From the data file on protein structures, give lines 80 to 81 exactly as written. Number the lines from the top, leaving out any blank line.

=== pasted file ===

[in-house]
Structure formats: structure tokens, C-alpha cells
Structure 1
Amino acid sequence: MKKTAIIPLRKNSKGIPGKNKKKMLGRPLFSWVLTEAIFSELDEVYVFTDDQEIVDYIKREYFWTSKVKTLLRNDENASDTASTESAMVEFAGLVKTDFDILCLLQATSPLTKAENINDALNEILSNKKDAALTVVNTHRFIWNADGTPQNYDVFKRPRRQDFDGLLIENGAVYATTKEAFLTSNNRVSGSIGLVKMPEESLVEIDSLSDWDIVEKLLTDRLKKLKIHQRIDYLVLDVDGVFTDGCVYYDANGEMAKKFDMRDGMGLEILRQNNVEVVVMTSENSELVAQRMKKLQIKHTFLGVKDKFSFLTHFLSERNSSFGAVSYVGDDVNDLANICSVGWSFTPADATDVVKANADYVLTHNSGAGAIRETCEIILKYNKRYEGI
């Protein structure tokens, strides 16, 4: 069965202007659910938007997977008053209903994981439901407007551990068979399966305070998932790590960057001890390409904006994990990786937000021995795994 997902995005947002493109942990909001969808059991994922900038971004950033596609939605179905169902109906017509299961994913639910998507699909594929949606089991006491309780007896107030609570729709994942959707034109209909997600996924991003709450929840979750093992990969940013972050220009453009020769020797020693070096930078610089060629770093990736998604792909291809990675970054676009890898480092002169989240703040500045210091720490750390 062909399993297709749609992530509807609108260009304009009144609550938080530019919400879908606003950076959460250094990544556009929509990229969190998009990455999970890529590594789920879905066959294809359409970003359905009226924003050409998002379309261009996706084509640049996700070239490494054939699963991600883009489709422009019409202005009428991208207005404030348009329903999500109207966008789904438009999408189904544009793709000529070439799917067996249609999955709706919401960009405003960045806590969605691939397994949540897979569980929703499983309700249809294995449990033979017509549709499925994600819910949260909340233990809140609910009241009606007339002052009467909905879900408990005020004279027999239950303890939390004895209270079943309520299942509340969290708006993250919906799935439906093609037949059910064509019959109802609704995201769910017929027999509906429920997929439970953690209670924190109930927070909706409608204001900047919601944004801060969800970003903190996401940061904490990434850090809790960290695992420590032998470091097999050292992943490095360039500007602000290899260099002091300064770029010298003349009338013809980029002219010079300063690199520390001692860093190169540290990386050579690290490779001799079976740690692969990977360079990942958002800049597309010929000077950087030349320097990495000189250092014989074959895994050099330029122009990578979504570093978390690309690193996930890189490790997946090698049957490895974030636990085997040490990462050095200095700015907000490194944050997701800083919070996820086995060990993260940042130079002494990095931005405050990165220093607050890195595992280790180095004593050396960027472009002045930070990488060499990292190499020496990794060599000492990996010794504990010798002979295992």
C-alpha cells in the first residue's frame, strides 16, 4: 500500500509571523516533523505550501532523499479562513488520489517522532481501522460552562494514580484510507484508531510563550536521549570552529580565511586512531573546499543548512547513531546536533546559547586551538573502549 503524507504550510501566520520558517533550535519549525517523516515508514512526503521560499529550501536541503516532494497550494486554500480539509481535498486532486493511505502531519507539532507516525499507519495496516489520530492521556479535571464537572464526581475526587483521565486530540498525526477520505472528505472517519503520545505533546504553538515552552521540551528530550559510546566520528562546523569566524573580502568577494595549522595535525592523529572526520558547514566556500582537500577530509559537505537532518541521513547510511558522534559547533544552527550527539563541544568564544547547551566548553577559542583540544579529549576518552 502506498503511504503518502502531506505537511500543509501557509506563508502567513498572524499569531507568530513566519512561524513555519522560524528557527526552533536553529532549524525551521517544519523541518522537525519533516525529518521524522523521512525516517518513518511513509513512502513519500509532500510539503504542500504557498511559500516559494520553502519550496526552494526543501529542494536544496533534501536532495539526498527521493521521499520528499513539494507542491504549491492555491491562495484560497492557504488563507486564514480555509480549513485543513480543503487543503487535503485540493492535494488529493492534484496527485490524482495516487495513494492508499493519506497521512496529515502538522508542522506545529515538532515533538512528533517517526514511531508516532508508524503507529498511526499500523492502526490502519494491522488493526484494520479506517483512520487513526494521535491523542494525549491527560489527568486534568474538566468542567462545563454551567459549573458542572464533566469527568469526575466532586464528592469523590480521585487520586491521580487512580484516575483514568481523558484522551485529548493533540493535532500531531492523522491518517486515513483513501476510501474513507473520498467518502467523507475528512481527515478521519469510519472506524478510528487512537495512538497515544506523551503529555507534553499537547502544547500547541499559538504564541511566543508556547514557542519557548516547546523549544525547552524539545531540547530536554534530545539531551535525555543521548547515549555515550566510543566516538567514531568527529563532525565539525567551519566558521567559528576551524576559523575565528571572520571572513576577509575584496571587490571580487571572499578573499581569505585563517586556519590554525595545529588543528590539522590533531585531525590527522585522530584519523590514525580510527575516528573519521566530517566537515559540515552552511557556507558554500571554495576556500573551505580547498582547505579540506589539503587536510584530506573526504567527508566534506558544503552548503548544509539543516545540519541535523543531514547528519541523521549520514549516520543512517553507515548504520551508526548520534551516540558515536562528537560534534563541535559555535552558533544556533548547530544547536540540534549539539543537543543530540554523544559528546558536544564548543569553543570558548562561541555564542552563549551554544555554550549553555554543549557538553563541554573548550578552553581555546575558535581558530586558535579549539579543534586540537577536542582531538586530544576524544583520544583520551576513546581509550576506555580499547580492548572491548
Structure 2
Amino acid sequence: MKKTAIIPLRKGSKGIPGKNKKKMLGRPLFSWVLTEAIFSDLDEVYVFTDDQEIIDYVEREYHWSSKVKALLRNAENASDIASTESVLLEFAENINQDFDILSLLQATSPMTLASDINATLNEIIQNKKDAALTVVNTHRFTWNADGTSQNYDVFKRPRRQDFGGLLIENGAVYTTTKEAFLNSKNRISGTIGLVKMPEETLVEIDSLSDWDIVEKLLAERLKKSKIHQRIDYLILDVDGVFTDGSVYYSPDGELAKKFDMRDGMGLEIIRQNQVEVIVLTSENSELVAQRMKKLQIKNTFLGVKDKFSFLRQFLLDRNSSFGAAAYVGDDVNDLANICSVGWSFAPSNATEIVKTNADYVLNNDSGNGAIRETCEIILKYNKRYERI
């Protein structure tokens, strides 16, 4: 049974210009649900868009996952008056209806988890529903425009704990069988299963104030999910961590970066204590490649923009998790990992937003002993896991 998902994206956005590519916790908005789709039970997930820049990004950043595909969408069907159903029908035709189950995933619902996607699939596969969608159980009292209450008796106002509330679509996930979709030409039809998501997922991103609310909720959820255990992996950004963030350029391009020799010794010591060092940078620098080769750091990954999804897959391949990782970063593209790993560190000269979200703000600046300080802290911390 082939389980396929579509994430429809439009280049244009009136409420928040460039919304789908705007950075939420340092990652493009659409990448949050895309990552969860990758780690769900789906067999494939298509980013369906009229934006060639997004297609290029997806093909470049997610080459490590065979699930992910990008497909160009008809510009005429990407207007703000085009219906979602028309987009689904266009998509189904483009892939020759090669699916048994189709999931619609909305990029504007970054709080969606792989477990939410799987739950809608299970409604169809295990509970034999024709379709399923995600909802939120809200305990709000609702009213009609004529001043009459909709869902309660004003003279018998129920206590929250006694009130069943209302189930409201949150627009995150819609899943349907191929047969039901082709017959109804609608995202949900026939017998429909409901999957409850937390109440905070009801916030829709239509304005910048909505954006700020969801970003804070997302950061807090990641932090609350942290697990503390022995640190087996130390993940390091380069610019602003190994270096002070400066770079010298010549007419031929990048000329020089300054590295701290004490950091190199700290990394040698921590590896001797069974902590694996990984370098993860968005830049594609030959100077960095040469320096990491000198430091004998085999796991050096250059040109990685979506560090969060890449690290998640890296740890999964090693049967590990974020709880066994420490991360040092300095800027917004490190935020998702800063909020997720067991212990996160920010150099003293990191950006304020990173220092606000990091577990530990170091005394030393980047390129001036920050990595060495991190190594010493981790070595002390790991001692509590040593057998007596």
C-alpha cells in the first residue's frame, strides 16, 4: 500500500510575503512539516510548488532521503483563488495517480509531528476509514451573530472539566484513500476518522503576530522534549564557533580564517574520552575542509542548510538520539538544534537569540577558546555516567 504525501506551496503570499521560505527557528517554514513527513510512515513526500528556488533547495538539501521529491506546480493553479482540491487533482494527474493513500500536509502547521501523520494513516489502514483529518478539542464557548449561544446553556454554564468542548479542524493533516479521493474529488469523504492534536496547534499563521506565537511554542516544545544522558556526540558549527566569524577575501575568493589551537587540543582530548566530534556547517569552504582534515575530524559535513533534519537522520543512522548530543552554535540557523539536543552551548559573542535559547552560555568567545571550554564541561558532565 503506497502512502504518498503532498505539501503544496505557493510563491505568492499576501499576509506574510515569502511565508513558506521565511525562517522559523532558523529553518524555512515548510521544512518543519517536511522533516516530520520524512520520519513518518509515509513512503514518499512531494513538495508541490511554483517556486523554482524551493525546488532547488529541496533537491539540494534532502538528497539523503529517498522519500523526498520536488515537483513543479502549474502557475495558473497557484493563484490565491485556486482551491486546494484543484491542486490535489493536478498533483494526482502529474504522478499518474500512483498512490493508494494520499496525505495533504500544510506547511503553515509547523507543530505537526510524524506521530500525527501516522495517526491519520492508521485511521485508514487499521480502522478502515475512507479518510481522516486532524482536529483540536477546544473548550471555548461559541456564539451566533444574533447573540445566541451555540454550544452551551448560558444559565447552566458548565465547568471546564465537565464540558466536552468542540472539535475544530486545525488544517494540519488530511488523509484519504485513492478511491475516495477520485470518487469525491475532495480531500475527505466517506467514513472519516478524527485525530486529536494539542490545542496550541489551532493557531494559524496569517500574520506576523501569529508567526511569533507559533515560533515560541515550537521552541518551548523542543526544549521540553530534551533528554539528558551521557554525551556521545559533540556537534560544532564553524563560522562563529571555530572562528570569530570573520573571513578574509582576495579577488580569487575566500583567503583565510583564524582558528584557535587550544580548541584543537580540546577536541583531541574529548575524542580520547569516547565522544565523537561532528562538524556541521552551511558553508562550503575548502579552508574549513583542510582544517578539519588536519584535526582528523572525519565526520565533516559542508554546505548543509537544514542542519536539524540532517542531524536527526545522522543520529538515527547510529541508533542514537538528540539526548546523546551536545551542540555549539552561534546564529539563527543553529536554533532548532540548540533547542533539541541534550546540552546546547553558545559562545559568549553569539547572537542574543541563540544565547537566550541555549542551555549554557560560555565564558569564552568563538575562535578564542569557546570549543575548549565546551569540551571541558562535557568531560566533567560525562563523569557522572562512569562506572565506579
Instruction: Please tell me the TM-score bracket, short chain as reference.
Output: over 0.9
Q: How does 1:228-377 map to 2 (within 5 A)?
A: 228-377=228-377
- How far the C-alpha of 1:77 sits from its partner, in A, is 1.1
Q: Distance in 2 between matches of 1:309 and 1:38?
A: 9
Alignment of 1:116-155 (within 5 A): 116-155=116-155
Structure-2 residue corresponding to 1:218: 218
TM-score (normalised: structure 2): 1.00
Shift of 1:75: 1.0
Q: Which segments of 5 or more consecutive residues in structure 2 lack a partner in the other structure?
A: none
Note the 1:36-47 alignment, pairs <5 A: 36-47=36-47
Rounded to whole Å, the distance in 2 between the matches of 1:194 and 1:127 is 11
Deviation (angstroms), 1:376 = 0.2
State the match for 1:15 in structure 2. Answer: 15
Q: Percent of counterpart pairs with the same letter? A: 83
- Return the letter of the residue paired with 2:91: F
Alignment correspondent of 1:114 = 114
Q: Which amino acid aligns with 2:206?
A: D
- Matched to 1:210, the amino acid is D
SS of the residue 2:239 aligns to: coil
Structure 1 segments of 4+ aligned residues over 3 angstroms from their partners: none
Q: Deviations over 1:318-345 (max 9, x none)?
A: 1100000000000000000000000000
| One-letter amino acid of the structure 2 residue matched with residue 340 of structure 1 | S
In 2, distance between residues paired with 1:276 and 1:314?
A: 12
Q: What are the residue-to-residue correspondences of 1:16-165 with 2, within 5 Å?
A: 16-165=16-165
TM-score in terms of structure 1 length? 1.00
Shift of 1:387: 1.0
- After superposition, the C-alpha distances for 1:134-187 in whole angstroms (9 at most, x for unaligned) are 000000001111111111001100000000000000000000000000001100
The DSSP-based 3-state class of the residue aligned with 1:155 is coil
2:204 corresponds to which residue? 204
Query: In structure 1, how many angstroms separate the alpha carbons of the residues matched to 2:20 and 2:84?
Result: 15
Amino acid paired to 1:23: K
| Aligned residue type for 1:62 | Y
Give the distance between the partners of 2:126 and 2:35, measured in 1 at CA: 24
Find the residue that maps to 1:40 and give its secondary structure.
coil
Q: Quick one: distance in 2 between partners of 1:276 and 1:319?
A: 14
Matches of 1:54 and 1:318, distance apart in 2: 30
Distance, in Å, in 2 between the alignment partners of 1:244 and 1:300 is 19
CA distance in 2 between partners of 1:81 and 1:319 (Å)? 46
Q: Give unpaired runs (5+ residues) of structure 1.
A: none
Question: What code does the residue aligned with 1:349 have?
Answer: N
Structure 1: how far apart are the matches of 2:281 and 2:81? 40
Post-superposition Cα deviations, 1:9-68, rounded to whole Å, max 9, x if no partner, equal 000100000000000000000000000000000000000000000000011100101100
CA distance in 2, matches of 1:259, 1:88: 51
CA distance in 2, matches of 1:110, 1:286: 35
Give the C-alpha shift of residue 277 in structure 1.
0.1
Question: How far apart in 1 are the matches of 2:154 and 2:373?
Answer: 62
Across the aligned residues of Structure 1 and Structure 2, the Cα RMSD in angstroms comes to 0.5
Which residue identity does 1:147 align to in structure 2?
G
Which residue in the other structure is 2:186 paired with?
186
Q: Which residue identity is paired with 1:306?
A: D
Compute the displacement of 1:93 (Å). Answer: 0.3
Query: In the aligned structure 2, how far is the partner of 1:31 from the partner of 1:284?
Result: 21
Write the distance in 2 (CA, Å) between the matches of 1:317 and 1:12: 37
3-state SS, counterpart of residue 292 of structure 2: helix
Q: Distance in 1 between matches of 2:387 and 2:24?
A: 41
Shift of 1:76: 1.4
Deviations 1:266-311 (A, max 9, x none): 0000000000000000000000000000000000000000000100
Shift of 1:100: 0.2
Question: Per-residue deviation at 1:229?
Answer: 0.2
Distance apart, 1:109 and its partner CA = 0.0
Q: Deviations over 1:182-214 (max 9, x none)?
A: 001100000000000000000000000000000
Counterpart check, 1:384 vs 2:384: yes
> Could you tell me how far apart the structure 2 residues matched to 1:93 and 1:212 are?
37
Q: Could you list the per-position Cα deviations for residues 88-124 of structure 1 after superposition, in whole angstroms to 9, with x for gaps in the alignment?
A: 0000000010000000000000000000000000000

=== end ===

Query: In the aligned structure 2, how far is the partner of 1:31 from the partner of 1:284?
Result: 21